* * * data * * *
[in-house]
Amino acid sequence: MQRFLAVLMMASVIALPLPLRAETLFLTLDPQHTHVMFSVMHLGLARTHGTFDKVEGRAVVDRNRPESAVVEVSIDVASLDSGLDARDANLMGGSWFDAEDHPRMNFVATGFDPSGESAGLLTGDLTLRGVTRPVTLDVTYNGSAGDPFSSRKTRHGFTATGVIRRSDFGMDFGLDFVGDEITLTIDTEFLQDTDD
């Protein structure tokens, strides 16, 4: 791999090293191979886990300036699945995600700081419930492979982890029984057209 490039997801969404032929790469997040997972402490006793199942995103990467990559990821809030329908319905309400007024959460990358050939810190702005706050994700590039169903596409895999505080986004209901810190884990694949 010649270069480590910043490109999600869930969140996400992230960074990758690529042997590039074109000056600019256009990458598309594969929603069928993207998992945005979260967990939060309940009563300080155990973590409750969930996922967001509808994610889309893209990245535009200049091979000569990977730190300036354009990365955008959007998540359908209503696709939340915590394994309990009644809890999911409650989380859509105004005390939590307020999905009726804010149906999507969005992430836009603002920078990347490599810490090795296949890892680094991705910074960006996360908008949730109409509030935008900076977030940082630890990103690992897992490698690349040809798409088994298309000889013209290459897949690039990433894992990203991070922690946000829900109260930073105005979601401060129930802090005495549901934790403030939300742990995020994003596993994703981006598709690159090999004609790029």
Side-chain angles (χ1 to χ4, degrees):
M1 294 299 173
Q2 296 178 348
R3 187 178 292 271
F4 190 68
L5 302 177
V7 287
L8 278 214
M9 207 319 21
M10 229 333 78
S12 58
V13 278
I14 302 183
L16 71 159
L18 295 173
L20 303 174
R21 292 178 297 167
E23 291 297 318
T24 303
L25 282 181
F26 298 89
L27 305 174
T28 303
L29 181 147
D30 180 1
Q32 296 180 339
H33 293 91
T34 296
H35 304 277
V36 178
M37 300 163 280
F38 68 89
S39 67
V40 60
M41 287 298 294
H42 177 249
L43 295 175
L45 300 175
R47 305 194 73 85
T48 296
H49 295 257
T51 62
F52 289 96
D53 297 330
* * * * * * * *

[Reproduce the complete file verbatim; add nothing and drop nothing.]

[in-house]
Amino acid sequence: MQRFLAVLMMASVIALPLPLRAETLFLTLDPQHTHVMFSVMHLGLARTHGTFDKVEGRAVVDRNRPESAVVEVSIDVASLDSGLDARDANLMGGSWFDAEDHPRMNFVATGFDPSGESAGLLTGDLTLRGVTRPVTLDVTYNGSAGDPFSSRKTRHGFTATGVIRRSDFGMDFGLDFVGDEITLTIDTEFLQDTDD
């Protein structure tokens, strides 16, 4: 791999090293191979886990300036699945995600700081419930492979982890029984057209 490039997801969404032929790469997040997972402490006793199942995103990467990559990821809030329908319905309400007024959460990358050939810190702005706050994700590039169903596409895999505080986004209901810190884990694949 010649270069480590910043490109999600869930969140996400992230960074990758690529042997590039074109000056600019256009990458598309594969929603069928993207998992945005979260967990939060309940009563300080155990973590409750969930996922967001509808994610889309893209990245535009200049091979000569990977730190300036354009990365955008959007998540359908209503696709939340915590394994309990009644809890999911409650989380859509105004005390939590307020999905009726804010149906999507969005992430836009603002920078990347490599810490090795296949890892680094991705910074960006996360908008949730109409509030935008900076977030940082630890990103690992897992490698690349040809798409088994298309000889013209290459897949690039990433894992990203991070922690946000829900109260930073105005979601401060129930802090005495549901934790403030939300742990995020994003596993994703981006598709690159090999004609790029």
Side-chain angles (χ1 to χ4, degrees):
M1 294 299 173
Q2 296 178 348
R3 187 178 292 271
F4 190 68
L5 302 177
V7 287
L8 278 214
M9 207 319 21
M10 229 333 78
S12 58
V13 278
I14 302 183
L16 71 159
L18 295 173
L20 303 174
R21 292 178 297 167
E23 291 297 318
T24 303
L25 282 181
F26 298 89
L27 305 174
T28 303
L29 181 147
D30 180 1
Q32 296 180 339
H33 293 91
T34 296
H35 304 277
V36 178
M37 300 163 280
F38 68 89
S39 67
V40 60
M41 287 298 294
H42 177 249
L43 295 175
L45 300 175
R47 305 194 73 85
T48 296
H49 295 257
T51 62
F52 289 96
D53 297 330